On Greed

In 2017, I reflected on the four cardinal virtues, exploring them one per season through the year. Practicing virtue was an exercise in saying yes. But as I gradually realized, in order to do this, I also needed to decide where I should say ‘no’. And so, by the end of the year, I started thinking about sin, and the role of that concept in leading us towards the good life. Sin is a precious concept, acknowledging that not all our instincts and appetites are good. There are things we do, whether as individuals or collectively, that we should resist and condemn. But what this is may not always be transparent, and therefore, we must cultivate discernment. So, this year, from the first of January till Easter, I will consider the seven deadly sins – Sloth, Pride, Gluttony, Lust, Greed, Wrath, Envy – as an inherited typology supporting the practice of prudence, and share my reflections on this blog every thirteen days, in the form of a free-flowing meditation.

As I read through the notes I took for this post over the past two weeks, this is what I noticed. There is a lot about the current state of the world, capitalism, economic systems, theory, change. Nothing about myself. Lust evoked shame – greed, abstraction and righteousness.

I could write pages about the systemic greed of our society. Capitalism, consumer culture, negative externalities. Reagan, Thatcher, Trump. Boomers in McMansions, SUVs and cruise-ships, burning away gas, oil and coal, destroying ecosystems for their immediate enjoyment. No fair go for future generations. I could write about the people who produced and promoted single-use plastic bags and forks and cups – disposable pens, razors, printers – and the piles of waste that their fortune was built on. I could mention the start-up world, where success begins at 9 zeros. The slave merchants of past centuries. Colonists over the globe, destroying cultures and land everywhere. All this unpunished, for greed.

I could write about this conversation, last year, on a Facebook thread with a guy contending that ‘everyone’ should put aside four million dollars for retirement: that’s how much you need to secure adequate returns, and you couldn’t possibly start eating up your capital, because what if you lived up to 100? I could reflect on greed as a sin of old age, often based in fear. Then I could look for causal chains, how individualism, consumerism and the loss of intergenerational solidarity nurtures greed. If all incentives are for each of us to look after themselves, the result is irrational collective behaviour, Tragedy of the Commons, and its pending catastrophe.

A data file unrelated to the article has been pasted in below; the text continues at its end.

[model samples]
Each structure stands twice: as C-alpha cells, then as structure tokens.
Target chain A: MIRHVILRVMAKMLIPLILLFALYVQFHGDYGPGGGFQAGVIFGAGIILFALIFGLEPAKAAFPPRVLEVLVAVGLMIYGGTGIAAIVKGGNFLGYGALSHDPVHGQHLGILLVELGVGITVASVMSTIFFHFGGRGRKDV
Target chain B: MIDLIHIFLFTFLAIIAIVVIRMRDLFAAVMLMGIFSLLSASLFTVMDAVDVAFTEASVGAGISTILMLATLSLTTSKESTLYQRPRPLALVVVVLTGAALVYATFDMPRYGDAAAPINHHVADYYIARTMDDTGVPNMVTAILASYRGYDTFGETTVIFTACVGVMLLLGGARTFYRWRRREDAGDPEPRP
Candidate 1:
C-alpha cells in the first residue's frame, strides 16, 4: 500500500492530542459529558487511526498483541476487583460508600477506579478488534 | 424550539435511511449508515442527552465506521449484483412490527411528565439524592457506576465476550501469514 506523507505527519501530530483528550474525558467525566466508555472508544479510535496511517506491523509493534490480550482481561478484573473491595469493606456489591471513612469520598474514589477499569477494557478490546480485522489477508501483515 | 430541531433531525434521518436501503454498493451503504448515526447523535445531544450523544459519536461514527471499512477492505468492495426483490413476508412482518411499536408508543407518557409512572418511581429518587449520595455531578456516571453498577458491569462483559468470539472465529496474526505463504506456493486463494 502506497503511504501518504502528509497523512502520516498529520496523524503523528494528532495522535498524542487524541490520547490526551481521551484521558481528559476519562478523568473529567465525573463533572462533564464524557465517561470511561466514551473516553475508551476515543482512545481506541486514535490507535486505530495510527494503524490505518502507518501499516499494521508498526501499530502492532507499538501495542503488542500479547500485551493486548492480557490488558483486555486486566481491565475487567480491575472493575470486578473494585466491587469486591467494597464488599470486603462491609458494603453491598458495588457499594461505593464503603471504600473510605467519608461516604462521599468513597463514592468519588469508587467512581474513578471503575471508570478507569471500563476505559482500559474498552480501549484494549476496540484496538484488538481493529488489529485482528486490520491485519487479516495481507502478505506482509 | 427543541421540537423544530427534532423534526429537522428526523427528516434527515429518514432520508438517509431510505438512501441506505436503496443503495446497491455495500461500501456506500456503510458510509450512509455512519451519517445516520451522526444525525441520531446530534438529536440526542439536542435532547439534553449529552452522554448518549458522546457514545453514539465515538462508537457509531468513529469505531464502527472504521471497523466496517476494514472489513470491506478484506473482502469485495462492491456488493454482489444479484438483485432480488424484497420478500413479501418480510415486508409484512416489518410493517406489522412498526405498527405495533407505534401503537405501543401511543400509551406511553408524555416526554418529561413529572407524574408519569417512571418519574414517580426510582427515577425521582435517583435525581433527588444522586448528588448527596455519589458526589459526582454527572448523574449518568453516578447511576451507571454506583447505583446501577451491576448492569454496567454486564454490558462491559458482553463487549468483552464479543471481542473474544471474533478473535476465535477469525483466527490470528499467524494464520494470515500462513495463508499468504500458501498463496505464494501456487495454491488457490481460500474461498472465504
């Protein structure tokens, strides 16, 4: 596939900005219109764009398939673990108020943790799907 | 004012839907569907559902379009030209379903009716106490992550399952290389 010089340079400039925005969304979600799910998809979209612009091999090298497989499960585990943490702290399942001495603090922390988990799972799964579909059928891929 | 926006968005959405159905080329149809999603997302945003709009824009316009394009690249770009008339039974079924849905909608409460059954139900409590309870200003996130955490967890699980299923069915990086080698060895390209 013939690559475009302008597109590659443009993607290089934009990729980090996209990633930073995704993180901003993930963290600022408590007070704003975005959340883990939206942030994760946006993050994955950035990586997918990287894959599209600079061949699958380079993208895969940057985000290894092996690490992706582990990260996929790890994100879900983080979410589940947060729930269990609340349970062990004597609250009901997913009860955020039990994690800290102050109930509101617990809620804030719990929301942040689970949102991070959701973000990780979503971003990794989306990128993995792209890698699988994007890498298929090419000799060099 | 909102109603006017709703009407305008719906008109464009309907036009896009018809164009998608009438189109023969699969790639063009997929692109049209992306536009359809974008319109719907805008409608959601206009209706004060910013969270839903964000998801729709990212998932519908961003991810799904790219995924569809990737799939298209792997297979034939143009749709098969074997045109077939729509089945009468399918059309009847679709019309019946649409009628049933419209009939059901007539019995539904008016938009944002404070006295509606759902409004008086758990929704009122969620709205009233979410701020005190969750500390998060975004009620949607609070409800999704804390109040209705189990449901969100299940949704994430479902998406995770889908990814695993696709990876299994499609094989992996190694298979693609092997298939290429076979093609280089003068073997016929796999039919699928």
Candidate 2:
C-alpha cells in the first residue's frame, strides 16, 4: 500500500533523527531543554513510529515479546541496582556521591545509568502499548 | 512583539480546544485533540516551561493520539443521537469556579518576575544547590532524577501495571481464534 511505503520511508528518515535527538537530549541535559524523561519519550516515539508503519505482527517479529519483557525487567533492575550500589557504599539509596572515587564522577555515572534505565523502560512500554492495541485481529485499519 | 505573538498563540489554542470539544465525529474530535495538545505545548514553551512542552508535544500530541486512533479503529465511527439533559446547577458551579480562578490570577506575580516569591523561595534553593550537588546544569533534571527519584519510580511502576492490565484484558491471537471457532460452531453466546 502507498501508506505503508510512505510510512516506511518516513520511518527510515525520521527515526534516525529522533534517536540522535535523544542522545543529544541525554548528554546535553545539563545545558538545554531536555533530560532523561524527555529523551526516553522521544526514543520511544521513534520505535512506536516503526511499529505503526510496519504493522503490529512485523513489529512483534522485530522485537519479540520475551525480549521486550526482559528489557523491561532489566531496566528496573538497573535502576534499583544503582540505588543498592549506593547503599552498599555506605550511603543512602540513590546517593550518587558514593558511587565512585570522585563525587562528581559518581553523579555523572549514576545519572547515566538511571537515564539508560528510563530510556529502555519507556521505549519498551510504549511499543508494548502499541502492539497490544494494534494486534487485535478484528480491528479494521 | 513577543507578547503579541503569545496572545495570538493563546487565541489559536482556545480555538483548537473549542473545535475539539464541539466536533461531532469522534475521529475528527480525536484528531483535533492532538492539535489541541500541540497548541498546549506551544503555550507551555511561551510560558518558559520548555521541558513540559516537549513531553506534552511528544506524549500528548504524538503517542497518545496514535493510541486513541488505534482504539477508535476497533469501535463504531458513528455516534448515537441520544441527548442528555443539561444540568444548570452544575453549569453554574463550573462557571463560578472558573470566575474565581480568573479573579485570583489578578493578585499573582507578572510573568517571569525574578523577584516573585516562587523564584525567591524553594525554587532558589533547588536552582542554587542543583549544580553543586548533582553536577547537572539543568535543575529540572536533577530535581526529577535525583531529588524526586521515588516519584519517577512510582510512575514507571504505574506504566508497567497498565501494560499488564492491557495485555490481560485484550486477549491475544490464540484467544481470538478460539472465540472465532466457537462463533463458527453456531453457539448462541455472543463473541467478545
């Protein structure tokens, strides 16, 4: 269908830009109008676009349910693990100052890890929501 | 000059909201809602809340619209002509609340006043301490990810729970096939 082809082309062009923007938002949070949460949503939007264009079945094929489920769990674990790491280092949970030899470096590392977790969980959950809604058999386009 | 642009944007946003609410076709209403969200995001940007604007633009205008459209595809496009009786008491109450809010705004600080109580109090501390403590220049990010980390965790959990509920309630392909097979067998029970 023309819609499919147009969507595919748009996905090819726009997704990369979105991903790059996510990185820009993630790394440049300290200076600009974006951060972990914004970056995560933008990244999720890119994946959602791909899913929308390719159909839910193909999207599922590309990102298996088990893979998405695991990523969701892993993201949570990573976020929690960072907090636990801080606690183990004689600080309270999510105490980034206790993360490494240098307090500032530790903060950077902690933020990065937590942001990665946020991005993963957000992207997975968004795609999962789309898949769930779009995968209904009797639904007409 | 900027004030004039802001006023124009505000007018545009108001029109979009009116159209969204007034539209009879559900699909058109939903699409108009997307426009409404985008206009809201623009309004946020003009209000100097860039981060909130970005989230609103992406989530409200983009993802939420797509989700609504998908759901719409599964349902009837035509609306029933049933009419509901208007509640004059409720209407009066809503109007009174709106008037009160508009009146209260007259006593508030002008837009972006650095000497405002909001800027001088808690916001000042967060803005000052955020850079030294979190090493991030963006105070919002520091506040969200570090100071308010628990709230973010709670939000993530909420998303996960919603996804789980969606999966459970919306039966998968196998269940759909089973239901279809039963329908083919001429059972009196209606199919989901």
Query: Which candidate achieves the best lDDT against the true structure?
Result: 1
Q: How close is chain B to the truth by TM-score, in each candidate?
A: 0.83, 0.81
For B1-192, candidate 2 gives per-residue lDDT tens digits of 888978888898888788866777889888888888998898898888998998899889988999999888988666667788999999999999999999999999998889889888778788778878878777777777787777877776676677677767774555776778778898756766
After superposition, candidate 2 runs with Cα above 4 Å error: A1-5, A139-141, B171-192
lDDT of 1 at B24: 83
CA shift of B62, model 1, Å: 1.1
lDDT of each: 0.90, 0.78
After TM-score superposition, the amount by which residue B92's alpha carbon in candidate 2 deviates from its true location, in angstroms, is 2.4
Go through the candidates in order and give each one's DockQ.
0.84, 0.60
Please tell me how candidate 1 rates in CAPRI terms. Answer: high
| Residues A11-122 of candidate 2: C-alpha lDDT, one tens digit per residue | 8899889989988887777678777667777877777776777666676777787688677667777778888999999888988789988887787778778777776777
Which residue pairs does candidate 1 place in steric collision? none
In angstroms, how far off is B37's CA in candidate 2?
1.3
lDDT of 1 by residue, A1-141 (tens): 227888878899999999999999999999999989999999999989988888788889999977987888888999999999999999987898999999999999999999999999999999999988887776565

I could write more about all of this, but would I understand anything about greed as a sin? What if, instead, I wrote about myself. How I live a very comfortable life in a very wealthy country, yet hardly give anything to charity, and only part with money for my own future self through super – and even then, with difficulty. How I know very well that animal farming and large-scale fishing are wrecking our environment, yet struggle to wean myself off meat, fish, eggs, or dairy. How I pass by homeless people every day, yet would rather spend my dollars on cakes and coffee for myself than share it with them.

I do try to moderate my appetite – because I know greed to be dangerous, and because I see the connection between simpler needs and more freedom. But as soon as I got a larger income, a few years back, I started upgrading. The better jam, the better yoghurt, the better peanut butter. The box of fresh vegetables and fruit delivered once a week. The regular coffee outside. The books bought online, rather than borrowed from the library. And when I needed to travel, ubers and taxis, my own airBNB, and the better airline. Because I was working hard, and therefore should be compensated with greater comfort.

Greed is about refusing death, greed is about infinite growth, greed is about placing the self above others. But greed is also that insidious voice in our head, whispering ‘you’re worth it’, and hoarding objects in our cupboards, cash in our bank accounts, consumable experiences in our memories – and piles of waste all over the place.


On categories

When I lived in Paris, I had a friend who worked in auction houses. He taught me this: “There’s a collector for everything. My art is to place an object in the category most appealing to collectors.” Is this chest of drawers an heirloom from a Belgian celebrity baron, or a rare piece of Art Nouveau furniture? Is this a letter about the first World War, or a rare autograph from a famous pacifist?

We carry categories in our heads, by which we make decisions. Breakfast food, lunch food, snack food. Person I could work with, person I could sleep with. There’s a collector in all of us. Some are simply more overt about it, or their collections are more immediately visible. What is yours? Dates, shirts, food photographs, or vintage teddy bears?

Our world is a complex web of relationships and comparisons: things, people, we rarely let them ‘be’: we sort and filter Or if we do let someone or something ‘exist’, it’s only because we decided that they should belong to that category, ‘things that are unique’.

As these networks intersect, constant struggles occur, to debate where things and people fit, and how they relate. Good, bad, ugly, beautiful, useful, useless, familiar, foreign. It is a rhetorical battlefield with clear practical stakes, where strategies differ. Confrontation is one: my things are better than yours; another one is stealth: the things I want, let’s hide their true value from others; seduction is a third: the things you want are things I have.